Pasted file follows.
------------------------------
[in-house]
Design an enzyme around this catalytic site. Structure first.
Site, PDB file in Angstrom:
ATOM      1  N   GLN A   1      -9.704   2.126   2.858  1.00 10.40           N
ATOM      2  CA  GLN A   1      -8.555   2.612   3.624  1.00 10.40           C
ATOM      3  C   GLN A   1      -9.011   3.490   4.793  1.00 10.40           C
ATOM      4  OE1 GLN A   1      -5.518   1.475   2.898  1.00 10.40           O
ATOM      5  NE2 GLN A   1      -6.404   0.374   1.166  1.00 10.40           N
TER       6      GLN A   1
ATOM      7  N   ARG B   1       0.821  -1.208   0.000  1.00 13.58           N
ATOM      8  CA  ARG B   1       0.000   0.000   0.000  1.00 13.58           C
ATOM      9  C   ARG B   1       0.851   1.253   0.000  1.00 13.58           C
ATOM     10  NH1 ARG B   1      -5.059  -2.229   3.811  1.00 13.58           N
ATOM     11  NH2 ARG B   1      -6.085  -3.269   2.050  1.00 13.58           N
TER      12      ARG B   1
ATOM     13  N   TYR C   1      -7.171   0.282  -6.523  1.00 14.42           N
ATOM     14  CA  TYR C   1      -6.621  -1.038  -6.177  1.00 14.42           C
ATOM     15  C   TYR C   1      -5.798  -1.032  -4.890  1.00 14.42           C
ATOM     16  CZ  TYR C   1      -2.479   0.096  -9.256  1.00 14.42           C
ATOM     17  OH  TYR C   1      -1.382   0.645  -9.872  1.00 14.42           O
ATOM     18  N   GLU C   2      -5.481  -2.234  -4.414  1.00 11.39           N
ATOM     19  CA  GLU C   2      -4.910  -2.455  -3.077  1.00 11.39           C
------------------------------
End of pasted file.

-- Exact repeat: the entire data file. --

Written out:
[in-house]
Design an enzyme around this catalytic site. Structure first.
Site, PDB file in Angstrom:
ATOM      1  N   GLN A   1      -9.704   2.126   2.858  1.00 10.40           N
ATOM      2  CA  GLN A   1      -8.555   2.612   3.624  1.00 10.40           C
ATOM      3  C   GLN A   1      -9.011   3.490   4.793  1.00 10.40           C
ATOM      4  OE1 GLN A   1      -5.518   1.475   2.898  1.00 10.40           O
ATOM      5  NE2 GLN A   1      -6.404   0.374   1.166  1.00 10.40           N
TER       6      GLN A   1
ATOM      7  N   ARG B   1       0.821  -1.208   0.000  1.00 13.58           N
ATOM      8  CA  ARG B   1       0.000   0.000   0.000  1.00 13.58           C
ATOM      9  C   ARG B   1       0.851   1.253   0.000  1.00 13.58           C
ATOM     10  NH1 ARG B   1      -5.059  -2.229   3.811  1.00 13.58           N
ATOM     11  NH2 ARG B   1      -6.085  -3.269   2.050  1.00 13.58           N
TER      12      ARG B   1
ATOM     13  N   TYR C   1      -7.171   0.282  -6.523  1.00 14.42           N
ATOM     14  CA  TYR C   1      -6.621  -1.038  -6.177  1.00 14.42           C
ATOM     15  C   TYR C   1      -5.798  -1.032  -4.890  1.00 14.42           C
ATOM     16  CZ  TYR C   1      -2.479   0.096  -9.256  1.00 14.42           C
ATOM     17  OH  TYR C   1      -1.382   0.645  -9.872  1.00 14.42           O
ATOM     18  N   GLU C   2      -5.481  -2.234  -4.414  1.00 11.39           N
ATOM     19  CA  GLU C   2      -4.910  -2.455  -3.077  1.00 11.39           C